Section: Research Program

Computational Cell Biology

Beagle contributes computational models and simulations to the study of cell signaling in prokaryotic and eukaryotic cells, with a special focus on the dynamics of cell signaling both in time and in space. Importantly, our objective here is not so much to produce innovative computer methodologies, but rather to improve our knowledge of the field of cell biology by means of computer methodologies.

This objective is not accessible without a thorough immersion in experimental cell biology. Hence, one specificity of Beagle is to be closely associated inside each research project with experimental biology groups. For instance, all the current PhD students implicated in the research projects below have strong interactions with experimenters, most of them conducting experiments themselves in our collaborators' labs. In such a case, the supervision of their PhD is systematically shared between an experimentalist and a theoretician (modeler/computer scientist).

Standard modeling works in cell biochemistry are usually based on mean-field equations, most often referred to as “laws of mass-action”€. Yet, the derivation of these laws is based on strict assumptions. In particular, the reaction medium must be dilute, perfectly-mixed, three-dimensional and spatially homogeneous and the resulting kinetics are purely deterministic. Many of these assumptions are obviously violated in cells. As already stressed out before, the external membrane or the interior of eukaryotic as well as prokaryotic cells evidence spatial organization at several length scales, so that they must be considered as non-homogeneous media. Moreover, in many case, the small number of molecule copies present in the cell violates the condition for perfect mixing, and more generally, the “law of large numbers” supporting mean-field equations.

When the laws-of-mass-action are invalidated, individual-based models (IBM) appear as the best modeling alternative to evaluate the impact of these specific cellular conditions on the spatial and temporal dynamics of the signaling networks. We develop Individual-Based Models to evaluate the fundamental impact of non-homogeneous space conditions on biochemical diffusion and reaction. More specifically, we focus on the effects of two major sources of non-homogeneity within cells: macromolecular crowding and non-homogeneous diffusion. Macromolecular crowding provides obstacles to the diffusive movement of the signaling molecules, which may in turn have a strong impact on biochemical reactions [45]. In this perspective, we use IBM to renew the interpretation of the experimental literature on this aspect, in particular in the light of the available evidence for anomalous subdiffusion in living cells. Another pertinent source of non-homogeneity is the presence of lipid rafts and/or caveolae in eukaryotic cell membranes that locally alter diffusion. We showed several properties of these diffusion gradients on cells membranes. In addition, combining IBMs and cell biology experiments, we investigate the spatial organization of membrane receptors in plasmic membranes and the impact of these spatial features on the initiation of the signaling networks [49]. More recently, we started to develop IBMs to propose experimentally-verifiable tests able to distinguish between hindered diffusion due to obstacles (macromolecular crowding) and non-homogeneous diffusion (lipid rafts) in experimental data.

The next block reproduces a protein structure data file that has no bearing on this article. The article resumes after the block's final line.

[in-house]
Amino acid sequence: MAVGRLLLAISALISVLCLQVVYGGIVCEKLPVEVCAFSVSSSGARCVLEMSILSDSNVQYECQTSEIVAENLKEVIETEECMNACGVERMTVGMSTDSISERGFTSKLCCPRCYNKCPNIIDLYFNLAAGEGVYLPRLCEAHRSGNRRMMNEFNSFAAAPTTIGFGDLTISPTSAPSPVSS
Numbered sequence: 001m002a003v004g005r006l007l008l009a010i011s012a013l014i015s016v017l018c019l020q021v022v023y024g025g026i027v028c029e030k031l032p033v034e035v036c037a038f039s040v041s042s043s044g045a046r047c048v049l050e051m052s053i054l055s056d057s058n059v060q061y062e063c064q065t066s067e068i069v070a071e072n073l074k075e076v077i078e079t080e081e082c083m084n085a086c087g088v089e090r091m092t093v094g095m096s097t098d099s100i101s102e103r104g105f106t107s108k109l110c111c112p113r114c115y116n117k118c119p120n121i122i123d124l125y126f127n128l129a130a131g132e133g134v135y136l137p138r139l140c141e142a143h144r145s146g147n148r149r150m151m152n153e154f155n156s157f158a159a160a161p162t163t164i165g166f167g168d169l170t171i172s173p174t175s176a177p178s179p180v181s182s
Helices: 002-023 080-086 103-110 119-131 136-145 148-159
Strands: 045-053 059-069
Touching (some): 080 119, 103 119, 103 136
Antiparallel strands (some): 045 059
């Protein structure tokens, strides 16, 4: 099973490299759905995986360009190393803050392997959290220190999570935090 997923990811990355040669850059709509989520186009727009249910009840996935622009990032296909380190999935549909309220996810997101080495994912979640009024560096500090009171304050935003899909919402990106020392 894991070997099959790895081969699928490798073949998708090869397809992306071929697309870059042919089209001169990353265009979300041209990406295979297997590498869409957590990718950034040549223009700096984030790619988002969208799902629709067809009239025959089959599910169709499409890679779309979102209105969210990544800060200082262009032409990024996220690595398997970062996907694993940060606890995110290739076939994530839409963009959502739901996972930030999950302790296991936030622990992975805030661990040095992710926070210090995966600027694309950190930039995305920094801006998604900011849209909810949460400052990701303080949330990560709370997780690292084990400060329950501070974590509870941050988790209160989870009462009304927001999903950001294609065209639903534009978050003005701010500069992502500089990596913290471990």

The last aspect we tackle concerns the stochasticity of gene expression. Indeed, the stochastic nature of gene expression at the single cell level is now a well established fact [55]. Most modeling works try to explain this stochasticity through the small number of copies of the implicated molecules (transcription factors, in particular). In collaboration with the experimental cell biology group led by Olivier Gandrillon at the Centre de Génétique et de Physiologie Moléculaire et Cellulaire (CGPhyMC, UMR CNRS 5534), Lyon, we study how stochastic gene expression in eukaryotic cells is linked to the physical properties of the cellular medium (e.g., nature of diffusion in the nucleoplasm, promoter accessibility to various molecules, crowding). We have already developed a computer model whose analysis suggests that factors such as chromatin remodeling dynamics have to be accounted for [51]. Other works introduce spatial dimensions in the model, in particular to estimate the role of space in complex (protein+ DNA) formation. Such models should yield useful insights into the sources of stochasticity that are currently not explained by obvious causes (e.g. small copy numbers).